“At this year’s Derby Sale four horses who we sold from Yorton as foals, yearlings or two-year-olds were reoffered and turned over €180,000. If people who buy horses at the Goffs UK Yorton Sale turn a profit next year we will be delighted.”

The recent transfer of Yorton’s leading sire Blue Bresil to the Cashman family’s Glenview Stud, and the move into racing and rearing partnerships, let alone the impending public auction, begs questions relating to the farm’s stallion roster. Futter says: “We are still heavily involved in stallions, be they the horses which stand at Yorton, or those in which we have shares and are standing in France and Ireland. James and Jean [Potter, who own the Leighton Estate at which Yorton is based] have some 30 mares and remain very keen on the stallion side of the business.

“I would be happy to take a share in any of them and put them into training”

“However, we have to be realistic and accept that a British stud the size of Yorton cannot survive on stallion income alone. We have to look at different opportunities.”

A note of caution then, but one with which UK breeders will empathise, and if the broadening of Yorton’s remit means Gentlewave, Norse Dancer and Pether’s Moon can be joined by a replacement for Blue Bresil – Futter was actively seeking a stallion as this magazine was going to press – then that is good news for mare owners.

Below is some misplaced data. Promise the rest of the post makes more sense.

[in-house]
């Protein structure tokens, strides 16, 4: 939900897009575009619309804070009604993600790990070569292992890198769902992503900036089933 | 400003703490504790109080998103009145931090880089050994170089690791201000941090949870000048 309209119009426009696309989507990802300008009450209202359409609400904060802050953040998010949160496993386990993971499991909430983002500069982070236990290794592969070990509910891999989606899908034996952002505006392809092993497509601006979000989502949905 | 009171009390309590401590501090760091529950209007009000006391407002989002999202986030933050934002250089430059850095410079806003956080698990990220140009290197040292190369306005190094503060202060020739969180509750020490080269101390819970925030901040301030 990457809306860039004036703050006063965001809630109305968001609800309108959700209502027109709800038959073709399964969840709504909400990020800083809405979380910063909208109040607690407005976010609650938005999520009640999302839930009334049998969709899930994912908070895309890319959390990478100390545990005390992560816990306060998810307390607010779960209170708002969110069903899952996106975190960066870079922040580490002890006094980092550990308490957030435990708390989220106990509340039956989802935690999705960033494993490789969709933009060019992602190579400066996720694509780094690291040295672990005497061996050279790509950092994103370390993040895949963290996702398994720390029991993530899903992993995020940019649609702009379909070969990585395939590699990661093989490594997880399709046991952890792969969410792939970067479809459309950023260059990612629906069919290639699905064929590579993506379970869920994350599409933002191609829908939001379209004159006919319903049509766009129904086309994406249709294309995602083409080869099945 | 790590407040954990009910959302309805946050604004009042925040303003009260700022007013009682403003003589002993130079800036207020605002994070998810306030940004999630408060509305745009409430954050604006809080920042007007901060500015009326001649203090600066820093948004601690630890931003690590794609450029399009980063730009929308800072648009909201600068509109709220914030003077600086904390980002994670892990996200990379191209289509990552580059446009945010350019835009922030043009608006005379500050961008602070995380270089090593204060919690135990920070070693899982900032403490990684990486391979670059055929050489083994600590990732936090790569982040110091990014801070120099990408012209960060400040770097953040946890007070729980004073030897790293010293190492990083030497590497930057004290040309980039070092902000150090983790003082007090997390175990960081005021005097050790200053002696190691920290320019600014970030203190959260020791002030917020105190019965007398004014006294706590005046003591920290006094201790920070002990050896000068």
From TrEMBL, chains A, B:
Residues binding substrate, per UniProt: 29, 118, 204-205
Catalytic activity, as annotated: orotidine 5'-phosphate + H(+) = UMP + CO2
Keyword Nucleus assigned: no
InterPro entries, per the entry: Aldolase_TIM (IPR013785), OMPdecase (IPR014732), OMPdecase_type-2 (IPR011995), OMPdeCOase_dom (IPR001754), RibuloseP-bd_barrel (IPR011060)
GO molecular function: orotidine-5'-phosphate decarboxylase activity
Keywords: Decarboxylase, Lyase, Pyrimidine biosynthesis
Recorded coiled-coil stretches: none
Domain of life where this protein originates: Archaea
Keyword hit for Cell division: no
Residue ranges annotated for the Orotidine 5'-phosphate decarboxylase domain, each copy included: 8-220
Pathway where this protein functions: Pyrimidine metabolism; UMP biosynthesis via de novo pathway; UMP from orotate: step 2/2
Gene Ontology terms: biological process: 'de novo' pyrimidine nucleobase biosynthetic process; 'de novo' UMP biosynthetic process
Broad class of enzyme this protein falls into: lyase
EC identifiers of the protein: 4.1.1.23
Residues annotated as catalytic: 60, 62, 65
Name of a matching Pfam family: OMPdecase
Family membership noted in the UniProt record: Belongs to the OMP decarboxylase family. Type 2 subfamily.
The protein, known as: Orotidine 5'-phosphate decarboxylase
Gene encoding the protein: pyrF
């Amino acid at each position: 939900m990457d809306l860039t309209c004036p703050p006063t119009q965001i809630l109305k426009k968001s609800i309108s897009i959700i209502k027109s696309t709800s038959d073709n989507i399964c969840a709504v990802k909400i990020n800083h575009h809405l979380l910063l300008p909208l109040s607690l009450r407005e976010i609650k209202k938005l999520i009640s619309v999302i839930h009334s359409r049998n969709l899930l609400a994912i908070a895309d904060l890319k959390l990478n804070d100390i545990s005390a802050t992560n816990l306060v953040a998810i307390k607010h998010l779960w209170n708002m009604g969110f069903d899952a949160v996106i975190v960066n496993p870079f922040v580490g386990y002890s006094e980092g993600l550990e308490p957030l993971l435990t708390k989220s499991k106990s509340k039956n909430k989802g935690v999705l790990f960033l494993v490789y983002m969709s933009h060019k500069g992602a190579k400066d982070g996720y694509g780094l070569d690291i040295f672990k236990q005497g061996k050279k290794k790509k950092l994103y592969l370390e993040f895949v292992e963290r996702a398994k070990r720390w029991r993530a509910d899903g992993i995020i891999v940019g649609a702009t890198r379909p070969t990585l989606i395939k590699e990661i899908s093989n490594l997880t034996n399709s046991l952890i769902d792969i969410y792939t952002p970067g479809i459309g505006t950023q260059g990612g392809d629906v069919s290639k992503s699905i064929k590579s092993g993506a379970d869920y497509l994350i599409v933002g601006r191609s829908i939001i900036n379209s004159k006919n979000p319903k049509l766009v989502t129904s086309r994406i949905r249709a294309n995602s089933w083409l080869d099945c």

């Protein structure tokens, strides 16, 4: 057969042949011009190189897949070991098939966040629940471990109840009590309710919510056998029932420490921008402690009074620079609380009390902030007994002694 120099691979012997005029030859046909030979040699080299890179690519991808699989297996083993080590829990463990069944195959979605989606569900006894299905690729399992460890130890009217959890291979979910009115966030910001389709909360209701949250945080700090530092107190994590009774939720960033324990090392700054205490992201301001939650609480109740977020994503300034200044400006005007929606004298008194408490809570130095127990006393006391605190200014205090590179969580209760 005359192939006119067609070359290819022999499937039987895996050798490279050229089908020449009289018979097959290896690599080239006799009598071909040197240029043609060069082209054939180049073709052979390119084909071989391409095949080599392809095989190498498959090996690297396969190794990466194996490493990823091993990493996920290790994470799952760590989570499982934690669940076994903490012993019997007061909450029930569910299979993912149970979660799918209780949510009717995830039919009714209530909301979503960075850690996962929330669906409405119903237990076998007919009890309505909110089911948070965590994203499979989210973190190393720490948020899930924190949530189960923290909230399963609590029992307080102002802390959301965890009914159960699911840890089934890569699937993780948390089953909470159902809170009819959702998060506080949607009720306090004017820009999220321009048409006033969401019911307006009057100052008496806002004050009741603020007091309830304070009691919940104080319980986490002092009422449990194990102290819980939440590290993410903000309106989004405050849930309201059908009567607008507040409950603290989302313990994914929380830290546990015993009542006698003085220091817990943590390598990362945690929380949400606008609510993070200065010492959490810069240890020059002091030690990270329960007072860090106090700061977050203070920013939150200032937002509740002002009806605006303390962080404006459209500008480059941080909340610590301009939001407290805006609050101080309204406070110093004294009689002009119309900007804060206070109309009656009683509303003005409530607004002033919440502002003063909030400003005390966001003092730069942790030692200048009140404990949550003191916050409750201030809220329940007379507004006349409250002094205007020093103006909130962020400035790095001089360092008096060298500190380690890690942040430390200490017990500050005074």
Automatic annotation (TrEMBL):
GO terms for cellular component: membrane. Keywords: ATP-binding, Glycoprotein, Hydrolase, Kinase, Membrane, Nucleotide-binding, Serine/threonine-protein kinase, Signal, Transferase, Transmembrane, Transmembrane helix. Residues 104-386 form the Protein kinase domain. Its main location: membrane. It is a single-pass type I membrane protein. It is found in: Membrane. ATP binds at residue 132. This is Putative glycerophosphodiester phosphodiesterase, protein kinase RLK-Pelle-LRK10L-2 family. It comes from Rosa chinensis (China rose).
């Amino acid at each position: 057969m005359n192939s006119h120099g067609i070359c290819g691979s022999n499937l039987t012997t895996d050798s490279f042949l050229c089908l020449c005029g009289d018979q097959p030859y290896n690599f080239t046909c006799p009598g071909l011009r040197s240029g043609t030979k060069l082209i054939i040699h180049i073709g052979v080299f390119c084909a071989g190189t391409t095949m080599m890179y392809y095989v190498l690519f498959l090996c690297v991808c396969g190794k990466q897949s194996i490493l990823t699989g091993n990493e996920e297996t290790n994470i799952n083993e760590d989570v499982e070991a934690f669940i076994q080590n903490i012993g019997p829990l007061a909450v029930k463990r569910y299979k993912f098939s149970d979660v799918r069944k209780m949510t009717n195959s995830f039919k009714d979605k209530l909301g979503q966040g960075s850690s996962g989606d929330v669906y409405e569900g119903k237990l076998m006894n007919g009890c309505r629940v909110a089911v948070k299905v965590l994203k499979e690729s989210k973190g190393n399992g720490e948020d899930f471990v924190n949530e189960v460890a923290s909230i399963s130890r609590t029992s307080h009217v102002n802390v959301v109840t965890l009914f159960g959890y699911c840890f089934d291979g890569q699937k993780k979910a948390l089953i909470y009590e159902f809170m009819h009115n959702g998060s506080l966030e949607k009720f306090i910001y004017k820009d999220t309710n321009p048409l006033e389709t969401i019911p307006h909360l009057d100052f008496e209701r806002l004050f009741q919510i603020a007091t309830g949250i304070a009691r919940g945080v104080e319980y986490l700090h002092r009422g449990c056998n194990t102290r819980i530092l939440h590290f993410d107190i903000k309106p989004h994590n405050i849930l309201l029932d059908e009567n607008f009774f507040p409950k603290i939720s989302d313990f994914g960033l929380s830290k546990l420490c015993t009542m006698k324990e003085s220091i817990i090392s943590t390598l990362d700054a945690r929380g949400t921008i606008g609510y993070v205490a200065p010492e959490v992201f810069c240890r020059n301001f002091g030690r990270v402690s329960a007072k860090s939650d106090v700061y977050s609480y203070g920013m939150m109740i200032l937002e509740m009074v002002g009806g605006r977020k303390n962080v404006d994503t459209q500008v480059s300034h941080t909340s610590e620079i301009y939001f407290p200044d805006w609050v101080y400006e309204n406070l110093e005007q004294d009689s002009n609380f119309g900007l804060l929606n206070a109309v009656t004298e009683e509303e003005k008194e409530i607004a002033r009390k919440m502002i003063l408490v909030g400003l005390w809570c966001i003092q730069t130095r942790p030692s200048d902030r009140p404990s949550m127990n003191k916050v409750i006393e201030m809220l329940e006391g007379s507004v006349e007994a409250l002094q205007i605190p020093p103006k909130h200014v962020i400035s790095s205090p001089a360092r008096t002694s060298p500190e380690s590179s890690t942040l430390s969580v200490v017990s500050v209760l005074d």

Meanwhile, preparations for the sale continue, and young horses are being buffed and scrubbed ahead of their date with the auctioneer. The Potters’ premises, a former Victorian model farm that has undergone extensive, precision restoration work, provides a fabulous setting for their tenants, the Futter family, to have input to the racing and breeding industries, and will give the sale a unique quality.

Behind the scenes there have been further developments, with Lester Futter now fully engaged as his father’s business partner, while his younger brother, Riley, is heading to Australia’s Widden Stud to broaden his knowledge before returning to join the business.

The fledgling sale promises to be another important step in Yorton Farm Stud’s evolution.